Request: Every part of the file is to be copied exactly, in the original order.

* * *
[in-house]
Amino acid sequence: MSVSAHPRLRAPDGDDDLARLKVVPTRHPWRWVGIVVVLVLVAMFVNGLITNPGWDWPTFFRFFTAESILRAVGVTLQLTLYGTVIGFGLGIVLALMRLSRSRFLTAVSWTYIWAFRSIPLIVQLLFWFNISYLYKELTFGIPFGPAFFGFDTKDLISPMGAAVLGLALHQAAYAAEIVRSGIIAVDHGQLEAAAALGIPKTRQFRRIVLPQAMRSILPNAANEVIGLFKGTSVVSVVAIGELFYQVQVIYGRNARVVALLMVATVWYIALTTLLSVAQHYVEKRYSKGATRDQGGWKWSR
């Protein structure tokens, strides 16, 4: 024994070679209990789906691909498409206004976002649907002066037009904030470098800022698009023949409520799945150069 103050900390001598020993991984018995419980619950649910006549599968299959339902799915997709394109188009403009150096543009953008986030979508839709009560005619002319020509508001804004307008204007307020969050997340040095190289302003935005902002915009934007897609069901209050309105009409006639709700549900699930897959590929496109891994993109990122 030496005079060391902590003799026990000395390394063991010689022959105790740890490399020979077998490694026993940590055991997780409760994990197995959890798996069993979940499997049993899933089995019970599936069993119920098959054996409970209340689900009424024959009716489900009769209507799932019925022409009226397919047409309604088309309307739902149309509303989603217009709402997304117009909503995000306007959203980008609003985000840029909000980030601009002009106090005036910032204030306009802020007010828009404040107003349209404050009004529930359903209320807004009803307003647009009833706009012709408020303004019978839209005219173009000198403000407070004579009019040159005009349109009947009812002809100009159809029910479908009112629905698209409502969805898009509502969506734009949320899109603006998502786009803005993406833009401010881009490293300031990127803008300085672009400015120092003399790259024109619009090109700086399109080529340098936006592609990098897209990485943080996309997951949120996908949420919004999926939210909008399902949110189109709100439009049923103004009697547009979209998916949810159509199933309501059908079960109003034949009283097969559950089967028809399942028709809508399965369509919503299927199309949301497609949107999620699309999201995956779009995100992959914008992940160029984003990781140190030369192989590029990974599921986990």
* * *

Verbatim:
[in-house]
Amino acid sequence: MSVSAHPRLRAPDGDDDLARLKVVPTRHPWRWVGIVVVLVLVAMFVNGLITNPGWDWPTFFRFFTAESILRAVGVTLQLTLYGTVIGFGLGIVLALMRLSRSRFLTAVSWTYIWAFRSIPLIVQLLFWFNISYLYKELTFGIPFGPAFFGFDTKDLISPMGAAVLGLALHQAAYAAEIVRSGIIAVDHGQLEAAAALGIPKTRQFRRIVLPQAMRSILPNAANEVIGLFKGTSVVSVVAIGELFYQVQVIYGRNARVVALLMVATVWYIALTTLLSVAQHYVEKRYSKGATRDQGGWKWSR
């Protein structure tokens, strides 16, 4: 024994070679209990789906691909498409206004976002649907002066037009904030470098800022698009023949409520799945150069 103050900390001598020993991984018995419980619950649910006549599968299959339902799915997709394109188009403009150096543009953008986030979508839709009560005619002319020509508001804004307008204007307020969050997340040095190289302003935005902002915009934007897609069901209050309105009409006639709700549900699930897959590929496109891994993109990122 030496005079060391902590003799026990000395390394063991010689022959105790740890490399020979077998490694026993940590055991997780409760994990197995959890798996069993979940499997049993899933089995019970599936069993119920098959054996409970209340689900009424024959009716489900009769209507799932019925022409009226397919047409309604088309309307739902149309509303989603217009709402997304117009909503995000306007959203980008609003985000840029909000980030601009002009106090005036910032204030306009802020007010828009404040107003349209404050009004529930359903209320807004009803307003647009009833706009012709408020303004019978839209005219173009000198403000407070004579009019040159005009349109009947009812002809100009159809029910479908009112629905698209409502969805898009509502969506734009949320899109603006998502786009803005993406833009401010881009490293300031990127803008300085672009400015120092003399790259024109619009090109700086399109080529340098936006592609990098897209990485943080996309997951949120996908949420919004999926939210909008399902949110189109709100439009049923103004009697547009979209998916949810159509199933309501059908079960109003034949009283097969559950089967028809399942028709809508399965369509919503299927199309949301497609949107999620699309999201995956779009995100992959914008992940160029984003990781140190030369192989590029990974599921986990």